The record doesn’t sound like a debut but rather the fully realized vision of mature artists, which in fact it is. Coleman, Quinn and Riecan were previously members of Biznautics, a popular and locally influential crew that they formed in high school, and which had ten members at one point during its six-year run. Since Biznautics broke up in 2005, the trio has endured a string of challenges that lend the record unmistakable, if indescribable, weight.

“We like to think of it as celebrating desperation,” says Coleman.

That desperation was compounded when longtime friend and legendary sound man Tom Pfaeffle was shot and killed outside a motel in Twisp, Washington, last July. He had recently finished mixing and mastering Badlands, which Riecan and Quinn recorded at home. Riecan estimates Pfaeffle spent forty to sixty hours working on each track.

“This record sounds the way it does because of him,” says Quinn.

It sounds like payback, both demanded and offered.

The back cover of Scraps on the Badlands shows a wagon track tailing off in the distance. There’s nothing out there.
Not yet.
- City Arts

"Beat poetry dirges"

Revengers reveal an album of doom, gloom, and love for Tacoma
By Rev. Adam McKinney on November 19, 2009

For those who know me, it should come as no surprise that I’m not exactly an expert on rap. I enjoy some of it, sure. Mostly, rap that appeals to me is attached to music that would be compelling regardless of whether its accompanying vocals are rapping or singing — pop music, I guess. That’s my own cross to bare. I just can’t enjoy rap unless it’s pop in disguise.

That being said, Revengers are not pop. They’re also not rap, really. I’d call it beat poetry dirges. Depending on what song you hear, the dominant influence may be as varied as heavy metal, avant-classical or country. What remains a constant, besides the rapped vocals, is the dark haze that hangs over the band’s first full-length album, Scraps on the Badlands, which will be officially released this Saturday at Hell’s Kitchen. Every song on the disc sounds transmitted from wind-blown plains and abandoned barns that lay under an orange sky.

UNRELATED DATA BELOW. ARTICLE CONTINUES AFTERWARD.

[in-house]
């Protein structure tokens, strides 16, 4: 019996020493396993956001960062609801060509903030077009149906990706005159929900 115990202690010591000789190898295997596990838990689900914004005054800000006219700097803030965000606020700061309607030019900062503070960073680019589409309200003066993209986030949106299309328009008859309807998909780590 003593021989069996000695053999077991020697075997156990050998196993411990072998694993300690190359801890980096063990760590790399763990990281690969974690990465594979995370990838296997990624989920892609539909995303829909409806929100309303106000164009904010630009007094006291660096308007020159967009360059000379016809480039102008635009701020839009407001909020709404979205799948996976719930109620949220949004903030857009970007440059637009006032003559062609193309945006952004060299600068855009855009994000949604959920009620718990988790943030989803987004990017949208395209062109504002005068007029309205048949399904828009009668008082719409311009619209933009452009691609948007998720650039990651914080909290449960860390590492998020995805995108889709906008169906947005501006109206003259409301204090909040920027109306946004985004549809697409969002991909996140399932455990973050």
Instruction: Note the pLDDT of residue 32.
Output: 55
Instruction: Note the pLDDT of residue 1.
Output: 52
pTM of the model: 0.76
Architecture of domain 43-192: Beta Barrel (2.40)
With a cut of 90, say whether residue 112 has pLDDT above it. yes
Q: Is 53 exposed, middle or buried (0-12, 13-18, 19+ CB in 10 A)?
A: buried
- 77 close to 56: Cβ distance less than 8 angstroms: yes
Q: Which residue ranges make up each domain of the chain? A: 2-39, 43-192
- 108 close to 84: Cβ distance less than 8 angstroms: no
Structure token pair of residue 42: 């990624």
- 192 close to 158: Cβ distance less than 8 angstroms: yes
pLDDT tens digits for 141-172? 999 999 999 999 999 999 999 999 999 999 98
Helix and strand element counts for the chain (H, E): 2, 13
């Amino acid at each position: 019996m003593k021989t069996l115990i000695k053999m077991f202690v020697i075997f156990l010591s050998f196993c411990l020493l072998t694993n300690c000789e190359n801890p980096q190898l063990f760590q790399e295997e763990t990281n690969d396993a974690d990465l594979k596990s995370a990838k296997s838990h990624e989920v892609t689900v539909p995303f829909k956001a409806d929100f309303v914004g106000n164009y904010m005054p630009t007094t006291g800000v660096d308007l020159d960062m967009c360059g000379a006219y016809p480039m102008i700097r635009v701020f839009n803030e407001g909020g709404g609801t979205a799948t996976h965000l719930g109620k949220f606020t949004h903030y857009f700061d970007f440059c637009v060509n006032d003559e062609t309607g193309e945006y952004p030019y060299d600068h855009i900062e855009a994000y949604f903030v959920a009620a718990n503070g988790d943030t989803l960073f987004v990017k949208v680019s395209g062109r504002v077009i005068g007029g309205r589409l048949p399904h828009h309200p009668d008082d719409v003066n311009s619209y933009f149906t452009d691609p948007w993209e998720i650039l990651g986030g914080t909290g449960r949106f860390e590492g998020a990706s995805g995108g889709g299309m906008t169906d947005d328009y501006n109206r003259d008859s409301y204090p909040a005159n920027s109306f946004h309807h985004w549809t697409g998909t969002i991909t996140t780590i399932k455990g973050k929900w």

Doom and gloom seems to be the prevailing theme of Revengers. Speaking with Dale Coleman, one half of Revengers’ lyrical and vocal team, he notes Tom Waits as an influence. Suddenly it all makes more sense. Tom Waits’ continued exploration of nightmarish scenes in his music can suddenly and certainly be heard on Revengers’ debut album, but the group’s musical influences don’t stop there. “Everyone in Revengers has a really diverse musical background,” says Coleman. “We were never hip-hop kids, so to speak. My favorite bands are The Clash, Tom Waits, Henry Rollins, Johnny Cash and the Pixies. We always wanted to be honest to ourselves. It sounds a little different, I guess, because we’re a little different.”

What distinguishes the album far more than the music is the lyrics. Scraps on the Badlands is almost an hour long, with almost each song stretching past five minutes — some past the eight-minute mark. All the songs are finely sketched studies in grief, fear, uneasy bravado, and violence. They vacillate between character studies; exercises in style; and what sound like painful, furiously scrawled journal entries. It’s never easy figuring out what’s autobiographical and what’s pure fiction, nor should we be so presumptuous to assume. But it’s gripping nonetheless.

The album is surrounded by loss, as Coleman informs me. Its producer, Tom Pfaeffle, died over the summer in a freak accident. Since the early ‘90s, Pfaeffle had been an important force in the Seattle music scene. “I always equate his name to one of the silent heroes of the Seattle scene,” says Coleman. “We consider him [an honorary] Revenger, and the album is dedicated to him.”

As if that wasn’t devastating enough, Pfaeffle’s death came just two weeks before Danny “D-Child” Cline’s passing. Cline was a former member of Biznautics, the group that spawned both Revengers and Nasty Left. “It hits you like a ton of bricks,” Coleman continues. “That’s a lot of what our record is about, is standing your ground in the face of hardship and not getting beaten up by the world, so we kind of had to live by that.”